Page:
Tuesday, April 6, 2010
Premier League High-Tempo Style: Arguments For and Against
In the last several years, one league has stood up with its dominant philosophy on the European international stage: the English Premier League.
Why? The answer is simple: higher tempo of playing, the superior fitness that stems from it and the mentality to never give up until the final whistle is blown.
But looking into the prevailing style of this so enormously successful league, we see it has disadvantages as well as advantages.
What are they, you may ask?
Here they are:
Firstly, it must be noted playing at a higher-than-usual tempo requires almost perfect body fitness. Faced with a strenuous battle with himself, a football player must be well prepared beforehand. The importance of a successful outcome is thus placed on the preparation, or the training.
Undeniably, footballers from the English Premier League are fitter than their counterparts abroad. Constantly pushing for perfection, their bodies begin to resemble those of athletes rather than the bodies of people who simply exercise regularly.
They can’t be blamed. Modern football in England requires for a player to have a totally fat-free body with muscles well used to continuous energy-consuming work.
Alternatively, if one stops to think for a second, it makes perfect sense. The ramifications of the use of such peculiar style are beneficial, both financially and in terms of popularity, for English football.
The higher dynamics of this style will make it much more appealing to eye. Hence, the popularity worldwide will rise significantly.
Another ramification comes from the fact when people recognize this superior fitness of the footballers, they would expect them to fully fulfill that potential. Referees, as part of that group of people, do not differentiate from that opinion.
They allow a more direct, more physical style of play which will lead to less interruptions of the game. I could easily, with a hand on my heart, say that I watch more football – the quintessential meaning of it – in England than anywhere else in the world.
Apart from that, the dynamism of football that is played and the superior fitness the players develop in result of it allow a distinct advantage to English teams on the international competition stage.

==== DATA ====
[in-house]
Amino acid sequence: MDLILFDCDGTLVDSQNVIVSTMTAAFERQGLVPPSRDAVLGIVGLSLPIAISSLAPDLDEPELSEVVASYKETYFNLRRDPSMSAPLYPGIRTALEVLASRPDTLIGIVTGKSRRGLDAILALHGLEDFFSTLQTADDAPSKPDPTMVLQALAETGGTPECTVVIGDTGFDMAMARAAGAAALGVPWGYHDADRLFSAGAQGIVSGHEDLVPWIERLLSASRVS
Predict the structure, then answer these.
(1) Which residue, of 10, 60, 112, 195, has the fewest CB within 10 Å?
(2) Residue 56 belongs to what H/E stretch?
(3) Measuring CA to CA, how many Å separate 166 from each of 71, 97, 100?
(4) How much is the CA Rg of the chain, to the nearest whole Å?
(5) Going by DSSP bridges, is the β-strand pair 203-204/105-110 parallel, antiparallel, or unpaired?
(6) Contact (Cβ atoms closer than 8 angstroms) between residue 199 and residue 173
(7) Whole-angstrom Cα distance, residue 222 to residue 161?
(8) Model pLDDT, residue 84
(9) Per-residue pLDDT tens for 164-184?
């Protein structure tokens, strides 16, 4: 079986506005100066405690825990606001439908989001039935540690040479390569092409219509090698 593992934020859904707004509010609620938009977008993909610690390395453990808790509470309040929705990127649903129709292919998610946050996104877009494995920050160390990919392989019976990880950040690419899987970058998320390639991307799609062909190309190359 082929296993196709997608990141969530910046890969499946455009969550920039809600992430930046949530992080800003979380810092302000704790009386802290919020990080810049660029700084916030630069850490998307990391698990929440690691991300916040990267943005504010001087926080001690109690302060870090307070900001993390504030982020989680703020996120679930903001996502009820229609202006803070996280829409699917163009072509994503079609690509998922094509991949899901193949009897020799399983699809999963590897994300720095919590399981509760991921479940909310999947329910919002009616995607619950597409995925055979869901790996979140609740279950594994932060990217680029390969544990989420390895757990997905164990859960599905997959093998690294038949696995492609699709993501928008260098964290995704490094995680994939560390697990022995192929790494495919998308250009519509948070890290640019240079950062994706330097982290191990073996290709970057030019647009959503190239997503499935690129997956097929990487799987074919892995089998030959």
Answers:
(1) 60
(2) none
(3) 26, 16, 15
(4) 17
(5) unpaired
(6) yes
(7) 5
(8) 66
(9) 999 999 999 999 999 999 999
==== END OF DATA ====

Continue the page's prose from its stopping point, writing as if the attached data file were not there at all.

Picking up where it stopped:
How many times have we seen an English club progress to the final stages of an international competition – such as the Champions League, for example?
I am in no way saying that this is the only factor for that to happen, but it certainly is up there with the rest of the defining ones.
However, like everything else, the dynamic style of play has its disadvantages too.
It has been proven that accession of fitness is in direct ratio with the increase of testosterone in the blood. Testosterone is the hormone responsible for muscle and bone growth, but it also affects the mood.
Most often the more of the hormone someone has the more signs of aggression he will show.
Yes, better fitness, coupled with an approving nod from the referee, equals a more aggressive style of play.
This is one of the main disadvantages of the direct style of play that is worshiped in the Premier League. Not one or two ghastly injuries have we seen following a little more than usual aggressive encounter.
That exertion to the maximum is often the biggest causing factor for lighter injuries even. During every season, in England, an astounding amount of injuries are sustained by players. Especially near the end of the season when almost all have been squeezed out of the athletes and their bodies begin to crumble beneath the cumulated stress.
Despite defying all believes, the human body is not meant to take so much stress, a fact proved annually by the increasing number of injuries that occur.
Another negative effect that stems from the direct high-tempo style of play is the type of battles that occur on the field. A more dynamic game, in which the players move at all times, especially if organized pressure is applied in order to get the ball back in possession, would benefit battles in the sort of one versus two players rather than one versus one. With football being a team game, players must cover for each other, help each other.
In this way, if they have the sufficient fitness to keep burning that energy, we, the fans, would be most likely supplied with one player trying to out-battle the two or three facing him.
This, nonetheless, put the emphasis on defensive football and also restricts the usage of technique and tricks as they are rendered almost useless.
Drawing the Line
Football in England has become a huge commercial business in which rarely the health of footballers is taken into consideration. The satisfaction of the fans and customers has become more important.
High-tempo direct style of play has something tantalizing about it that lures people to enjoy its pure tension-charged atmosphere and pay more and more to watch their favorite teams exert to the maximum while they sit comfortably in their chairs.
As long as money is pouring into the kitty of the FA, they wouldn’t care if a player has sustained an open fracture, a head trauma, or anything else as ghastly.
The philosophy they had undertaken has brought the FA popularity. The English League is one of the most popular leagues in the world. Along with that, its clubs reap success in international competitions. But looking at the big picture, it’s obvious the philosophy is still a work in progress.
Ultimately, the style which the footballers will use on the field is directly influenced by what the fans want to see. Is that good or bad? It’s subjective.